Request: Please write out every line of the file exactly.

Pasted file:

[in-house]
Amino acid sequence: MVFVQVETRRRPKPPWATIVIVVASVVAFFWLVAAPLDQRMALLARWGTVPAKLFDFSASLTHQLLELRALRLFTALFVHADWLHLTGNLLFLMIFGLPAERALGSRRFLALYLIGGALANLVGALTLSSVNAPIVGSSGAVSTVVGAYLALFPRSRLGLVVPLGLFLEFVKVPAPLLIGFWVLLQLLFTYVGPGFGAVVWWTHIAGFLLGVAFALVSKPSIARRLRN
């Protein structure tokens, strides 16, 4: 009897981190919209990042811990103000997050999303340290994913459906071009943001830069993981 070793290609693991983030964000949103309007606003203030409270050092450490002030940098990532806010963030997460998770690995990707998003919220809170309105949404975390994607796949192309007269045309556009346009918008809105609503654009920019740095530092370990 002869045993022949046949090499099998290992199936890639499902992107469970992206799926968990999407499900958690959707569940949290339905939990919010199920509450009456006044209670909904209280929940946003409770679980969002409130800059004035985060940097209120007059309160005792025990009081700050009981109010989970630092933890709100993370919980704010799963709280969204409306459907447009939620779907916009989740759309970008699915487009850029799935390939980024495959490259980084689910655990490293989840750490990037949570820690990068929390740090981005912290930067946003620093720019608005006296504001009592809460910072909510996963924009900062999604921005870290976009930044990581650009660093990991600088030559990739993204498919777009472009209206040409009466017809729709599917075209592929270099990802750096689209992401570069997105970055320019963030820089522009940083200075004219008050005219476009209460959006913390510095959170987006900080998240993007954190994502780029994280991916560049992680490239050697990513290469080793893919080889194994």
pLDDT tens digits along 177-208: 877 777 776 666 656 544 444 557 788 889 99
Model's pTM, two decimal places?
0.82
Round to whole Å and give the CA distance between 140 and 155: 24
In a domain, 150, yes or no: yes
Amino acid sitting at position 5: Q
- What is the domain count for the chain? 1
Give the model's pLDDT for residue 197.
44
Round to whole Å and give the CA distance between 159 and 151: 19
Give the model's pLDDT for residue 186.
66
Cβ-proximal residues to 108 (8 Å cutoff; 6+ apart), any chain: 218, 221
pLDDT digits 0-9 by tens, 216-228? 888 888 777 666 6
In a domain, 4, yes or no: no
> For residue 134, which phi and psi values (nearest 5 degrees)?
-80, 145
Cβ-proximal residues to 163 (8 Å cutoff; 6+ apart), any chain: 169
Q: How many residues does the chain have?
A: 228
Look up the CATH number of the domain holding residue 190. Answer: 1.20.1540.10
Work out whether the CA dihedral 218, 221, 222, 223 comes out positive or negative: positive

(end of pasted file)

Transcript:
[in-house]
Amino acid sequence: MVFVQVETRRRPKPPWATIVIVVASVVAFFWLVAAPLDQRMALLARWGTVPAKLFDFSASLTHQLLELRALRLFTALFVHADWLHLTGNLLFLMIFGLPAERALGSRRFLALYLIGGALANLVGALTLSSVNAPIVGSSGAVSTVVGAYLALFPRSRLGLVVPLGLFLEFVKVPAPLLIGFWVLLQLLFTYVGPGFGAVVWWTHIAGFLLGVAFALVSKPSIARRLRN
């Protein structure tokens, strides 16, 4: 009897981190919209990042811990103000997050999303340290994913459906071009943001830069993981 070793290609693991983030964000949103309007606003203030409270050092450490002030940098990532806010963030997460998770690995990707998003919220809170309105949404975390994607796949192309007269045309556009346009918008809105609503654009920019740095530092370990 002869045993022949046949090499099998290992199936890639499902992107469970992206799926968990999407499900958690959707569940949290339905939990919010199920509450009456006044209670909904209280929940946003409770679980969002409130800059004035985060940097209120007059309160005792025990009081700050009981109010989970630092933890709100993370919980704010799963709280969204409306459907447009939620779907916009989740759309970008699915487009850029799935390939980024495959490259980084689910655990490293989840750490990037949570820690990068929390740090981005912290930067946003620093720019608005006296504001009592809460910072909510996963924009900062999604921005870290976009930044990581650009660093990991600088030559990739993204498919777009472009209206040409009466017809729709599917075209592929270099990802750096689209992401570069997105970055320019963030820089522009940083200075004219008050005219476009209460959006913390510095959170987006900080998240993007954190994502780029994280991916560049992680490239050697990513290469080793893919080889194994």
pLDDT tens digits along 177-208: 877 777 776 666 656 544 444 557 788 889 99
Model's pTM, two decimal places?
0.82
Round to whole Å and give the CA distance between 140 and 155: 24
In a domain, 150, yes or no: yes
Amino acid sitting at position 5: Q
- What is the domain count for the chain? 1
Give the model's pLDDT for residue 197.
44
Round to whole Å and give the CA distance between 159 and 151: 19
Give the model's pLDDT for residue 186.
66
Cβ-proximal residues to 108 (8 Å cutoff; 6+ apart), any chain: 218, 221
pLDDT digits 0-9 by tens, 216-228? 888 888 777 666 6
In a domain, 4, yes or no: no
> For residue 134, which phi and psi values (nearest 5 degrees)?
-80, 145
Cβ-proximal residues to 163 (8 Å cutoff; 6+ apart), any chain: 169
Q: How many residues does the chain have?
A: 228
Look up the CATH number of the domain holding residue 190. Answer: 1.20.1540.10
Work out whether the CA dihedral 218, 221, 222, 223 comes out positive or negative: positive